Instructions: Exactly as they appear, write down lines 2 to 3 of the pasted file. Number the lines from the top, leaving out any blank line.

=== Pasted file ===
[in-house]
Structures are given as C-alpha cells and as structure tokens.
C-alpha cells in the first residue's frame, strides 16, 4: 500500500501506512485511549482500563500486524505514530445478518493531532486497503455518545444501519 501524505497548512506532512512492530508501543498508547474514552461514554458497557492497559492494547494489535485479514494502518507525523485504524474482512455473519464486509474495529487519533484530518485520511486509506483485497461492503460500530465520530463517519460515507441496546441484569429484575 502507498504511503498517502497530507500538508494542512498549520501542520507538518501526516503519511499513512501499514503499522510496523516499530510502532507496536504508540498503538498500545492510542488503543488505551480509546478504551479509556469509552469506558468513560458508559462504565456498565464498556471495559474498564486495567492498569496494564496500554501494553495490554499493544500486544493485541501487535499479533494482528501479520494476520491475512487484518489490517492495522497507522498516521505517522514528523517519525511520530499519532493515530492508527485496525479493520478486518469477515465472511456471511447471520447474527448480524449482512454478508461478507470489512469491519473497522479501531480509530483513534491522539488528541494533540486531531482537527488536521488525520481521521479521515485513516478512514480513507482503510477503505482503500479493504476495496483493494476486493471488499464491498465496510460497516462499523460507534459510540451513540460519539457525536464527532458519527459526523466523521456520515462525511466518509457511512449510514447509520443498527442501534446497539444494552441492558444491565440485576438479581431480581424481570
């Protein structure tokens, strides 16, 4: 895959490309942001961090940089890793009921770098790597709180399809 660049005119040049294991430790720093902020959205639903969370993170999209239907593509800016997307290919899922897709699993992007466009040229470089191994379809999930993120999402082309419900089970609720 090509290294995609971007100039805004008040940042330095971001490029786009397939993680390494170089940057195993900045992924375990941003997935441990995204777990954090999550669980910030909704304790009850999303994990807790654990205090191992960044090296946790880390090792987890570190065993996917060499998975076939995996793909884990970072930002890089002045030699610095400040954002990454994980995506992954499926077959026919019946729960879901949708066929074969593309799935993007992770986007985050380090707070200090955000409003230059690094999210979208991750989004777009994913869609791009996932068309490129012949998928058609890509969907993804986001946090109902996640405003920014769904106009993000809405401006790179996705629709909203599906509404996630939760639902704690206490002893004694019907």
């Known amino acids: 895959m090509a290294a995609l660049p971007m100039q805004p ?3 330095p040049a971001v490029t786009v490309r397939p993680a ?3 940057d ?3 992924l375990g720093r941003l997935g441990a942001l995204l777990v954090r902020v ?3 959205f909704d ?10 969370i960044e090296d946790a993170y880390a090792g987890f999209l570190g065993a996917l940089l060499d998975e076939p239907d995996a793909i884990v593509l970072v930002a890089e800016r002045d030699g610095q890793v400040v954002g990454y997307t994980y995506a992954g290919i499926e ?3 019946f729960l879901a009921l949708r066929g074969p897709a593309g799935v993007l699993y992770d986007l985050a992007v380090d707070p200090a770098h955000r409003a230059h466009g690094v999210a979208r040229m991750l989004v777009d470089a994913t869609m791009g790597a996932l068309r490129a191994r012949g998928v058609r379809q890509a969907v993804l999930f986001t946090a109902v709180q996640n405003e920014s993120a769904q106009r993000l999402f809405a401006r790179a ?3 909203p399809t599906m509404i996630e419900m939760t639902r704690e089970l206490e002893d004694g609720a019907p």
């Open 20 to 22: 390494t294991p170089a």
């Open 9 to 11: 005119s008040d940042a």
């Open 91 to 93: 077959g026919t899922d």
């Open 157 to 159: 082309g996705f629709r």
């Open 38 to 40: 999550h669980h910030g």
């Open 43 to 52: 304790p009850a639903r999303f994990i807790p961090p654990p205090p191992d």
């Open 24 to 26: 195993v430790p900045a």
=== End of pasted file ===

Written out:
Structures are given as C-alpha cells and as structure tokens.
C-alpha cells in the first residue's frame, strides 16, 4: 500500500501506512485511549482500563500486524505514530445478518493531532486497503455518545444501519 501524505497548512506532512512492530508501543498508547474514552461514554458497557492497559492494547494489535485479514494502518507525523485504524474482512455473519464486509474495529487519533484530518485520511486509506483485497461492503460500530465520530463517519460515507441496546441484569429484575 502507498504511503498517502497530507500538508494542512498549520501542520507538518501526516503519511499513512501499514503499522510496523516499530510502532507496536504508540498503538498500545492510542488503543488505551480509546478504551479509556469509552469506558468513560458508559462504565456498565464498556471495559474498564486495567492498569496494564496500554501494553495490554499493544500486544493485541501487535499479533494482528501479520494476520491475512487484518489490517492495522497507522498516521505517522514528523517519525511520530499519532493515530492508527485496525479493520478486518469477515465472511456471511447471520447474527448480524449482512454478508461478507470489512469491519473497522479501531480509530483513534491522539488528541494533540486531531482537527488536521488525520481521521479521515485513516478512514480513507482503510477503505482503500479493504476495496483493494476486493471488499464491498465496510460497516462499523460507534459510540451513540460519539457525536464527532458519527459526523466523521456520515462525511466518509457511512449510514447509520443498527442501534446497539444494552441492558444491565440485576438479581431480581424481570